The Start of My Transformation from “Digital Marketer” to “Digital Marketer Who Writes Code”
I still remember the day I deployed my first line of code 4 glorious weeks ago. And it was awesome!
As the daughter of your typical Silicon Valley software developer, I grew up loving tech, startups, and fully knowing how much developers can’t stand marketers (thanks, Dad!). As my career transformed from print journalism to corporate PR to digital marketing, I found myself desiring more.
Each time I had a great idea, I always needed someone else to execute it for me. As my list of unexecuted ideas kept growing over the years, so did my frustration.
In college, I started Kaurista, an online lifestyle magazine, that was built using WordPress. While I didn’t do much of the implementation, I began slowly experimenting with HTML and CSS style sheets. Even though my skill set grew, I remained restricted to editing only pre crafted WordPress themes. Leaving me, again, dependent on someone else to create my vision.
After college, I worked within the VC side of the startup world, doing marketing consulting for portfolio companies. One of the companies was working on an Android app to streamline cross platform communication. The only issue: customers were not completing signup. So, I proposed a few shortcuts to help make the signup process easier. I got a lot of pushback from the development team, who told me my ideas were not possible to implement. However, after doing some digging around on Stack Overflow, I was able to support my change request. The end result was an impressive increase in successful signups. This was the first moment I realized the importance of thinking and speaking like a developer when proposing ideas as a marketer.
For the past year, I have been working at Rival IQ as a digital marketer. My focus has primarily been on social media strategy, but I am starting to expand my reach. We are currently working on updating and expanding our website content, which has become my primary project. And so, opportunity presented itself. As a two person marketing team, it has become critical for us to be fast and efficient. When taking on this site revamp project, it became that much more important for me to learn to code.
I was now responsible for content creation, but had no way to implement my work directly. Working with Seth (aka Doc), a developer and data scientist, I realized how powerful it is to bridge the gap between marketing and development teams. Instead of asking me create mockups in GoogleDocs and send them to him for implementation, Seth got me plugged into GitHub, the source management system that controls the code for our marketing and product site. This allowed me to start developing, refining and deploying site content. Being able to immediately implement my ideas has been empowering. It has also made our process faster and more efficient — allowing us to truly divide and conquer.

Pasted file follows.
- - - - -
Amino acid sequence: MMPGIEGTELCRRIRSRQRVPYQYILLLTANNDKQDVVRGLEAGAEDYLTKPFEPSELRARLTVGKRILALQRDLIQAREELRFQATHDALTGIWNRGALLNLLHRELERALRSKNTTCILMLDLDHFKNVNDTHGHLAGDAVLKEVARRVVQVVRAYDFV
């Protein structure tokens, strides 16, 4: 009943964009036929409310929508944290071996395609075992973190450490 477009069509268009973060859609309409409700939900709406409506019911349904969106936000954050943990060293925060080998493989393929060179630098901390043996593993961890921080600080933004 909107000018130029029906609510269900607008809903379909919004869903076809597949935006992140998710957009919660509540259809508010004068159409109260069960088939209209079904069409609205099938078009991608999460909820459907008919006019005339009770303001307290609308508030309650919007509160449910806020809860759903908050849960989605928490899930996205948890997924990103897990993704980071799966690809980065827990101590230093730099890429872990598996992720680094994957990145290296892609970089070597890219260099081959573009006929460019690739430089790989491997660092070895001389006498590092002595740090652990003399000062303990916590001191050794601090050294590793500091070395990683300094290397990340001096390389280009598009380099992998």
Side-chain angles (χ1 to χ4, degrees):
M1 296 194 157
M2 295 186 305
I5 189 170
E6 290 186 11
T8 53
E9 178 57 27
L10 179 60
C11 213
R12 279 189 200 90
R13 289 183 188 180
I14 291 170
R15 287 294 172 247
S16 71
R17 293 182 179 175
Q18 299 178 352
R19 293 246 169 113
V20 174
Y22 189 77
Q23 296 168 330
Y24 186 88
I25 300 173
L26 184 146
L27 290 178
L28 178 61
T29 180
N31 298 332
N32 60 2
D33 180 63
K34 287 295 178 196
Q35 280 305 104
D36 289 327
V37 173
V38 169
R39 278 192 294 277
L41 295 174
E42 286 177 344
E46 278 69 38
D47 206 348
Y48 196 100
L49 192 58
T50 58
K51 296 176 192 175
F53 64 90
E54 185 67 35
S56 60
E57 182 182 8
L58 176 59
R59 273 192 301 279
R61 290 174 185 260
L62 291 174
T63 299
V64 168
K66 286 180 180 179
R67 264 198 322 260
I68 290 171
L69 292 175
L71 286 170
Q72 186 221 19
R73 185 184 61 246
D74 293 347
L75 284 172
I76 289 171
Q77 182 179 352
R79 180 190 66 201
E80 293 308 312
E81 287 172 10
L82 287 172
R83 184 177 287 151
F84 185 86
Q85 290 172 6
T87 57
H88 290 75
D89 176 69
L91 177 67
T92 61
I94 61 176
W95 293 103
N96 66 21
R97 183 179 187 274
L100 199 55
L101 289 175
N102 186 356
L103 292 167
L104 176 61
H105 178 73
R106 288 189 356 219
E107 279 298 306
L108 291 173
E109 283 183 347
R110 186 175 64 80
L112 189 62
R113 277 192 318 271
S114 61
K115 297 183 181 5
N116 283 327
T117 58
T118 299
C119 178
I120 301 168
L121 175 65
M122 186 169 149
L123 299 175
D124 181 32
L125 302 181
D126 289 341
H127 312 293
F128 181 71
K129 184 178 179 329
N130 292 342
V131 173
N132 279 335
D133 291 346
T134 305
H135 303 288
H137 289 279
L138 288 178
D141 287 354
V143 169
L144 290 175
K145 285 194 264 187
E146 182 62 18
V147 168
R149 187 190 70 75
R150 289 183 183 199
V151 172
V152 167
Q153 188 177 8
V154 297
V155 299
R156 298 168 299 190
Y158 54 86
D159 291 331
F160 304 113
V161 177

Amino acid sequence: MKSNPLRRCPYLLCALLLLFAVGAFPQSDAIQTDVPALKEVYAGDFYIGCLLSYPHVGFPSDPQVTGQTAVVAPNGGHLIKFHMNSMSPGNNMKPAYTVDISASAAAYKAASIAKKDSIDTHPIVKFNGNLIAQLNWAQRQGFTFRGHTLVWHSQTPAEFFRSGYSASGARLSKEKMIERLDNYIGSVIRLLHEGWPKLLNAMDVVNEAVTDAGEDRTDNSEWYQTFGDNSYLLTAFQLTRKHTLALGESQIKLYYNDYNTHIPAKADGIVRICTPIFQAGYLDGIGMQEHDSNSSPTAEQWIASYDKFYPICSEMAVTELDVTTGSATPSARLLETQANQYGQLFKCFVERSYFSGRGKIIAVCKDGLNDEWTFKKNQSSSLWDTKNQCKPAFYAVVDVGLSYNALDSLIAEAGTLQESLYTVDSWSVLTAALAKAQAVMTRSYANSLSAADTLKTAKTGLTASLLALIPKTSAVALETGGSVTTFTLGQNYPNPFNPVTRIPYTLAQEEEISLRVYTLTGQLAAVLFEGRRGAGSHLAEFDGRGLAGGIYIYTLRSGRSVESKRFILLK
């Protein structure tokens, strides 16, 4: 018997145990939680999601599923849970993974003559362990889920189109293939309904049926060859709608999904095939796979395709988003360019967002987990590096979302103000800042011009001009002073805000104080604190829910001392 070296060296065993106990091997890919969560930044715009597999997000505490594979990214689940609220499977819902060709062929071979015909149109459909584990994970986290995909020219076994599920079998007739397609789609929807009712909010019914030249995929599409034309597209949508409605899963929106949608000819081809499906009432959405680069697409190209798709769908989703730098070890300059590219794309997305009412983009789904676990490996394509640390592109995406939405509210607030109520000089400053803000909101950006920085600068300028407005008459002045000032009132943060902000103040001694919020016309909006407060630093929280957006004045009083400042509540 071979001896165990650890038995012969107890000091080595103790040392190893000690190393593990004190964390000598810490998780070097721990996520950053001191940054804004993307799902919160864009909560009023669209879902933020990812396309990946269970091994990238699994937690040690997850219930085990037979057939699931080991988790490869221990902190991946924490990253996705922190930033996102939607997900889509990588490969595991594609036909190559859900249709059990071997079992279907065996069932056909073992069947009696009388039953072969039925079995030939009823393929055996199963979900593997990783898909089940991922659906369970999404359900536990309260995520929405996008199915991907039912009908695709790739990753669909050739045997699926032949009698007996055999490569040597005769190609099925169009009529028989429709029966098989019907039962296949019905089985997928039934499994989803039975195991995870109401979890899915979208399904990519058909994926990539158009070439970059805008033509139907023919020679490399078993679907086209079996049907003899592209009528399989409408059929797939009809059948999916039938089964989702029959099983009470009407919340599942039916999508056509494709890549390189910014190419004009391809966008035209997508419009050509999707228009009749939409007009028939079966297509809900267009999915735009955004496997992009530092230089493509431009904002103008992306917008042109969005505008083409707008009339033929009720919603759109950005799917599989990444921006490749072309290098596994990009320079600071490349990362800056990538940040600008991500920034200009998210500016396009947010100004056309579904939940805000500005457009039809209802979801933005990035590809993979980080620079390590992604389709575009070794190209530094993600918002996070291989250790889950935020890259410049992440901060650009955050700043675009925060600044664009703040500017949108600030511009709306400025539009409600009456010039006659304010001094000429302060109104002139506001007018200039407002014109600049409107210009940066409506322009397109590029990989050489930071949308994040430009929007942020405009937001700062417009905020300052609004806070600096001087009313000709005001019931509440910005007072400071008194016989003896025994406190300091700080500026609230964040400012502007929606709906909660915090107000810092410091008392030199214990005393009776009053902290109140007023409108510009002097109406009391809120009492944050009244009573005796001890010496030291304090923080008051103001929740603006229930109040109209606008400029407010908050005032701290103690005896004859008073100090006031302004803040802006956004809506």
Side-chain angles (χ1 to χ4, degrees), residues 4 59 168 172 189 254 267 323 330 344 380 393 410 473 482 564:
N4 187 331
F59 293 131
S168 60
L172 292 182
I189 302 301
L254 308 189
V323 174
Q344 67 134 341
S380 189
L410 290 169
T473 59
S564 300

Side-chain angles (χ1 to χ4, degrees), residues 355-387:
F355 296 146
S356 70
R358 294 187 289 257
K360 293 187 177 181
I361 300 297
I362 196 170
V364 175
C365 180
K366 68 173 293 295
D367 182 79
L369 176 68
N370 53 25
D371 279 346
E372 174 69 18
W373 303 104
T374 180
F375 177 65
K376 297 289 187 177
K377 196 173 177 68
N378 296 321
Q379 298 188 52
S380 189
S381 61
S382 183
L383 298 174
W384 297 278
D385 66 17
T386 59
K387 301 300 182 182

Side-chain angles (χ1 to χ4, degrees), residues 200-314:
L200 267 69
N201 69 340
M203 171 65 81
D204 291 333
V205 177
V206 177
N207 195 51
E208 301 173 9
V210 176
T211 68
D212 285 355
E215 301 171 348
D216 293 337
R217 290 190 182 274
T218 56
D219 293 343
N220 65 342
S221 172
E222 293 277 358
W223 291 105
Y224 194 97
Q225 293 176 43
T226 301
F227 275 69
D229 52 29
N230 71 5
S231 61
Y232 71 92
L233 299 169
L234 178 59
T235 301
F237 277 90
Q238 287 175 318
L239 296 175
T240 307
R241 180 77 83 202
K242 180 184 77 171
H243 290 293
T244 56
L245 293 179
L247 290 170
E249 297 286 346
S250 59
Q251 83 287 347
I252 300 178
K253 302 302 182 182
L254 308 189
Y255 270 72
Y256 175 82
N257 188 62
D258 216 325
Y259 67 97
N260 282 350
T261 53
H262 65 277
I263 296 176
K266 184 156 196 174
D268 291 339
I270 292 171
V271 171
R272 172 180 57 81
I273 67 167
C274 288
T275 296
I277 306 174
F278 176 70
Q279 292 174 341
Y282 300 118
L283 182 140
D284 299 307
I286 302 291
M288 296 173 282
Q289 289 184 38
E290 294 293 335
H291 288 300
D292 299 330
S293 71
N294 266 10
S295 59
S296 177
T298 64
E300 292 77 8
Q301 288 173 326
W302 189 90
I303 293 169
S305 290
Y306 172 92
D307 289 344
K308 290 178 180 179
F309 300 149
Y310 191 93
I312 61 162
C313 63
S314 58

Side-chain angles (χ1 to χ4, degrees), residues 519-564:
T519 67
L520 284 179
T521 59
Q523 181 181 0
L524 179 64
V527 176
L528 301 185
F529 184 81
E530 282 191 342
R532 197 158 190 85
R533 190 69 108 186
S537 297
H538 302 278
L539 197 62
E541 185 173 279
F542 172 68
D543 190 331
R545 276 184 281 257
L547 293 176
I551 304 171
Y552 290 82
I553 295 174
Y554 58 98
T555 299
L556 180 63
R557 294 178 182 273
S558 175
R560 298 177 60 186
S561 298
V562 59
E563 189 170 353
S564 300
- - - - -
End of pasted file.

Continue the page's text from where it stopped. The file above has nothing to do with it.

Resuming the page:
It only takes a nudge to help someone and put them on the path to lifelong learning. By getting me setup in GitHub, I was now able to participate in product discussions and experiments. The side-effect of learning was just the cherry on top and something you should always strive for at work.
When do you know you are really learning? When you break stuff.
During Mig Reyes’ talk at MozCon last week, Mig told the attendees to stop pigeonholing themselves as just marketers or developers and to push their boundaries. Break things and take them apart — after all, that’s how we learn. And honestly, he is right. The fear of ruining, breaking and not knowing can be intimidating and disabling. Which is why it took me years before I finally started to explore coding.
I remember my first day of learning jade, the templating syntax we use. I started making changes, not paying attention to any of the code formatting. So, after clicking “commit change” and refreshing our staging server page, I realized I had, as Mig encouraged, broken the site. A minor panic attack later, I compared what I did to another similar page in our branch and realized my mistake: those damn indents actually do matter. Great!
I definitely encourage you to download and check out his deck from MozCon!
Team Encouragement Matters
Being part of a team that encourages and helps you grow makes a huge difference. I know I can go to anyone within our development team with questions and they will be more than happy to guide me.
As a team, we use HipChat to communicate. Anytime someone deploys a branch in GitHub, you see it show up as an automated notification in our development team room. Seeing my name in that HipChat room and hearing the cheers from my team was such an exciting moment for me.
Make Marketing Efficient: Learn to Code!
As I start asking more questions and learning the basics of coding, I realize how freeing it can be. It has made my work process much faster. I no longer have to wait for someone else to make new pages on the site or commit site changes. It has helped me explore a new and much-needed skill set.
As marketers, we often struggle to convey our ideas because we don’t understand the process that takes place after passing on our mockups. Learning the basics of coding has helped me understand the development process and set realistic implementation goals.
I urge every marketer to learn to code, even if it’s not your cup of tea. Understanding programming will help you communicate across teams better. It may even fuel your creative marketing juices.
Thank you, Team! Shout out to the whole Rival IQ team for being so supportive. Especially to all of my friends on the development team for inviting me to participate in their morning stand-ups and encouraging me every step of the way!